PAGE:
Concentrated Solar Startup Sets a New Efficiency Record

Solar tracker: This array of solar modules was built by Semprius for testing. The modules are mounted on a two-axis tracker that keeps them aimed at the sun. Semprius

Semprius, a startup that makes miniscule solar cells capable of capturing concentrated sunlight without costly cooling systems, announced this week that it had made the world’s most efficient solar panel.

The company’s solar panels use tiny solar cells made of gallium arsenide—the record-breaking solar module contains hundreds of such solar cells, each about the width of a line drawn by a ball-point pen, arranged under lenses that concentrate sunlight 1,100 times.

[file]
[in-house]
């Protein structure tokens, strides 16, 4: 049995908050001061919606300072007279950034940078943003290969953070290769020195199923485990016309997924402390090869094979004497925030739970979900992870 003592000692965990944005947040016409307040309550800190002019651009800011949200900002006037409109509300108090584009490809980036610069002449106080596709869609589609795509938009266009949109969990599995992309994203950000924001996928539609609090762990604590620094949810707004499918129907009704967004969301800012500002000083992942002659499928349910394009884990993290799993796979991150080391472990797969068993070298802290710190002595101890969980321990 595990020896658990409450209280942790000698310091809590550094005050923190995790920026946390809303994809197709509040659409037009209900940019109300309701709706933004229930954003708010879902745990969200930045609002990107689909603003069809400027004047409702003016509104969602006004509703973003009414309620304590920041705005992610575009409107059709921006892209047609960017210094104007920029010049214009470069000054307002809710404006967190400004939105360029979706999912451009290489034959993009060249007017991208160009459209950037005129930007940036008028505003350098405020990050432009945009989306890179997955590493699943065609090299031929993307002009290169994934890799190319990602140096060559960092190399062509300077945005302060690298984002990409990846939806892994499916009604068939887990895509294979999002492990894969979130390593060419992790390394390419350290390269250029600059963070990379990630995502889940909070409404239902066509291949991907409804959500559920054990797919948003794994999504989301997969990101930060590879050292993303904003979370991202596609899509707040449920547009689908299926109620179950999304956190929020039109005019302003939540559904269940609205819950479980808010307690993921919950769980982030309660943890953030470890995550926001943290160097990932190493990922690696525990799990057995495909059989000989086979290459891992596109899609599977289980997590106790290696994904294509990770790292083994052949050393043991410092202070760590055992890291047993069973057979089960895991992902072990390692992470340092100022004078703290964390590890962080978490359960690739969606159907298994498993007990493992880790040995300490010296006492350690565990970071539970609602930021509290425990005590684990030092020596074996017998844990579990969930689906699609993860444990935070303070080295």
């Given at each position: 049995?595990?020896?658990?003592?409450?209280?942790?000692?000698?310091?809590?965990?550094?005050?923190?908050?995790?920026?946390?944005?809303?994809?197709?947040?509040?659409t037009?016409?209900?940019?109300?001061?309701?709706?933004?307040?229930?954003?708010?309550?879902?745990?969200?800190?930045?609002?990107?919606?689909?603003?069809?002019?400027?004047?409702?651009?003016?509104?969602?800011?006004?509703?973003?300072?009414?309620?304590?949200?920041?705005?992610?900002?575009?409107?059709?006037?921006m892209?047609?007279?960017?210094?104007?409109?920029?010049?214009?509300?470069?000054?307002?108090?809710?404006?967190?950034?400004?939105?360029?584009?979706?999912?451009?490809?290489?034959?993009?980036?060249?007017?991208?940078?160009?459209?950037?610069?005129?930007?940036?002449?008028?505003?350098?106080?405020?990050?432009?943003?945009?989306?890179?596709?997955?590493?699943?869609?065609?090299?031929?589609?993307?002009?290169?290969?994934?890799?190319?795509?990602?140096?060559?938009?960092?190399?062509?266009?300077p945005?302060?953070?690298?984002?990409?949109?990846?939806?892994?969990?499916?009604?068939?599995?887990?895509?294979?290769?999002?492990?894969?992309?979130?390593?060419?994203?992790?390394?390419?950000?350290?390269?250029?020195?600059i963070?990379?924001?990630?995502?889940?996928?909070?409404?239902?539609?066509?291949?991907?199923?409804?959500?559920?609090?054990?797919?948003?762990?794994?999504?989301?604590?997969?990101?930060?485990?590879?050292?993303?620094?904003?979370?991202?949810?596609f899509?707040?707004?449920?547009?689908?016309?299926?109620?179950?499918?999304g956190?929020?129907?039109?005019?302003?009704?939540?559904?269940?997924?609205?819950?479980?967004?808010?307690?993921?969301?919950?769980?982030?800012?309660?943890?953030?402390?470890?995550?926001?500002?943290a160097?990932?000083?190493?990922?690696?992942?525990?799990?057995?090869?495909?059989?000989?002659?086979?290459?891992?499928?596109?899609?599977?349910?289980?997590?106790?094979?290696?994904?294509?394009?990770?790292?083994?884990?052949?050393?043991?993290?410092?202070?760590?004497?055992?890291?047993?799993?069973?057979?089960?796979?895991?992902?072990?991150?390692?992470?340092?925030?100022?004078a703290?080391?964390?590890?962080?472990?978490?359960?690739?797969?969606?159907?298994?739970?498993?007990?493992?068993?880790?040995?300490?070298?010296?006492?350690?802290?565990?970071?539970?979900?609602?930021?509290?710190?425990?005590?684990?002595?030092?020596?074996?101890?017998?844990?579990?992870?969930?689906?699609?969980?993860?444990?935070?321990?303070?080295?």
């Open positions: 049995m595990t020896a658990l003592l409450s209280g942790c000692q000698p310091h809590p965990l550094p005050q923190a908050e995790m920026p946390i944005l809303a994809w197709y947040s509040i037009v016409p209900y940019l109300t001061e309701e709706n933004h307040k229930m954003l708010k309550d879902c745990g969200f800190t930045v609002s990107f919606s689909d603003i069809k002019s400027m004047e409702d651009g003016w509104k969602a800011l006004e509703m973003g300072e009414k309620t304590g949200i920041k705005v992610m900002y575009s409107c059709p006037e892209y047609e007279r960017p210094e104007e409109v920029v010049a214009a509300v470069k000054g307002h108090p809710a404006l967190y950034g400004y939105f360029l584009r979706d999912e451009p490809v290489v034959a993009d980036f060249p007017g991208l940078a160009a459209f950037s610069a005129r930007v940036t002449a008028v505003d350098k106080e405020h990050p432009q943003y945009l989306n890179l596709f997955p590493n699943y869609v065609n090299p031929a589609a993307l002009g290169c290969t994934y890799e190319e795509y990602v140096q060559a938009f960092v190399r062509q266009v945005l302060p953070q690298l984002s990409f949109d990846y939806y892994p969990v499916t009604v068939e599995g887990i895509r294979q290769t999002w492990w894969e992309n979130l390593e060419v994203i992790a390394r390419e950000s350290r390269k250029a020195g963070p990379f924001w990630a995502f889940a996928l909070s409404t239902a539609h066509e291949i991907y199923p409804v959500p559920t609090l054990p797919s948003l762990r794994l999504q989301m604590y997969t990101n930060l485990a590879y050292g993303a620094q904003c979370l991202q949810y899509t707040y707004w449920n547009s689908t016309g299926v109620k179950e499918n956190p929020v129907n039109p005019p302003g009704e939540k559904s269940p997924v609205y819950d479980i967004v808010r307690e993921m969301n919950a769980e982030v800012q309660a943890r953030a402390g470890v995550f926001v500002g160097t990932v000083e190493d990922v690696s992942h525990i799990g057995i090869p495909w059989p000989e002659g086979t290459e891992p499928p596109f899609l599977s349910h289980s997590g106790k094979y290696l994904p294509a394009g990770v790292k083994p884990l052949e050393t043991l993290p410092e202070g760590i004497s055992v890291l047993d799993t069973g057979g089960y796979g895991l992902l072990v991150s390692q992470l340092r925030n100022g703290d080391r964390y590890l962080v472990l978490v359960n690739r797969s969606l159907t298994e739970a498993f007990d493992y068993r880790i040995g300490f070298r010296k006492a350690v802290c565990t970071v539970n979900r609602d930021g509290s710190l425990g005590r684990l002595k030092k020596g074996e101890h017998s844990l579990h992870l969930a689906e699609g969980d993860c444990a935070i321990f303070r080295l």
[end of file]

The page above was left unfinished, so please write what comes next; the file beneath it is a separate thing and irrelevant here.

Whereas a silicon solar cell only efficiently absorbs a narrow band of sunlight, the solar cells in this module are made of three layers of gallium arsenide, each modified to convert a different part of the solar spectrum into electricity.

Tests by a third-party certified the efficiency of Semprius’s solar panel at 33.9 percent, marking the first time any solar module has been able to convert more than one-third of the sunlight that falls on it into electricity.

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